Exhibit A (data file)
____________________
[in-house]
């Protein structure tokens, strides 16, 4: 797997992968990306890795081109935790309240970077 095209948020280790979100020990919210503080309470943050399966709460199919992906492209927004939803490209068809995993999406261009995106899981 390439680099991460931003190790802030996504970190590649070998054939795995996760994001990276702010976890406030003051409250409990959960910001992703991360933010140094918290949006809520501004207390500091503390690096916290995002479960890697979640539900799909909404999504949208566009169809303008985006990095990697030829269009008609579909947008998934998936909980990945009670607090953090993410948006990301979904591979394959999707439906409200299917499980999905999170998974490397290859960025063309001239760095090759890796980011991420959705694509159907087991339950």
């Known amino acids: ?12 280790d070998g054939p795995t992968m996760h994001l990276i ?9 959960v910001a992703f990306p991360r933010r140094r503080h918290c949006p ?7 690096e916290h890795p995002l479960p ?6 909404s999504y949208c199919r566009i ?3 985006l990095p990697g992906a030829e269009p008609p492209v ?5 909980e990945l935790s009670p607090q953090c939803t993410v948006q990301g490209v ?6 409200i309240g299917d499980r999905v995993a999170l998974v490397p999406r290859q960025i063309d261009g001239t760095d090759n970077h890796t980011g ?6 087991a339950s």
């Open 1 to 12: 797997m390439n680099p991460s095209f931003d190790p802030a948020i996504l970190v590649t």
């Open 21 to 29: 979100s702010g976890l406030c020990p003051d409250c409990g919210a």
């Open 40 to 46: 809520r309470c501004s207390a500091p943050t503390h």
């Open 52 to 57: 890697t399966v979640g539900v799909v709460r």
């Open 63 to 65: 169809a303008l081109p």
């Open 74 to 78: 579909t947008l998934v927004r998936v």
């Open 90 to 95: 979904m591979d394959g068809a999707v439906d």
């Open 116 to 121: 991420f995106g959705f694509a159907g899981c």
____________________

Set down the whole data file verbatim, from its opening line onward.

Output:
[in-house]
């Protein structure tokens, strides 16, 4: 797997992968990306890795081109935790309240970077 095209948020280790979100020990919210503080309470943050399966709460199919992906492209927004939803490209068809995993999406261009995106899981 390439680099991460931003190790802030996504970190590649070998054939795995996760994001990276702010976890406030003051409250409990959960910001992703991360933010140094918290949006809520501004207390500091503390690096916290995002479960890697979640539900799909909404999504949208566009169809303008985006990095990697030829269009008609579909947008998934998936909980990945009670607090953090993410948006990301979904591979394959999707439906409200299917499980999905999170998974490397290859960025063309001239760095090759890796980011991420959705694509159907087991339950």
């Known amino acids: ?12 280790d070998g054939p795995t992968m996760h994001l990276i ?9 959960v910001a992703f990306p991360r933010r140094r503080h918290c949006p ?7 690096e916290h890795p995002l479960p ?6 909404s999504y949208c199919r566009i ?3 985006l990095p990697g992906a030829e269009p008609p492209v ?5 909980e990945l935790s009670p607090q953090c939803t993410v948006q990301g490209v ?6 409200i309240g299917d499980r999905v995993a999170l998974v490397p999406r290859q960025i063309d261009g001239t760095d090759n970077h890796t980011g ?6 087991a339950s």
């Open 1 to 12: 797997m390439n680099p991460s095209f931003d190790p802030a948020i996504l970190v590649t």
């Open 21 to 29: 979100s702010g976890l406030c020990p003051d409250c409990g919210a």
């Open 40 to 46: 809520r309470c501004s207390a500091p943050t503390h």
């Open 52 to 57: 890697t399966v979640g539900v799909v709460r």
């Open 63 to 65: 169809a303008l081109p």
């Open 74 to 78: 579909t947008l998934v927004r998936v």
């Open 90 to 95: 979904m591979d394959g068809a999707v439906d």
């Open 116 to 121: 991420f995106g959705f694509a159907g899981c």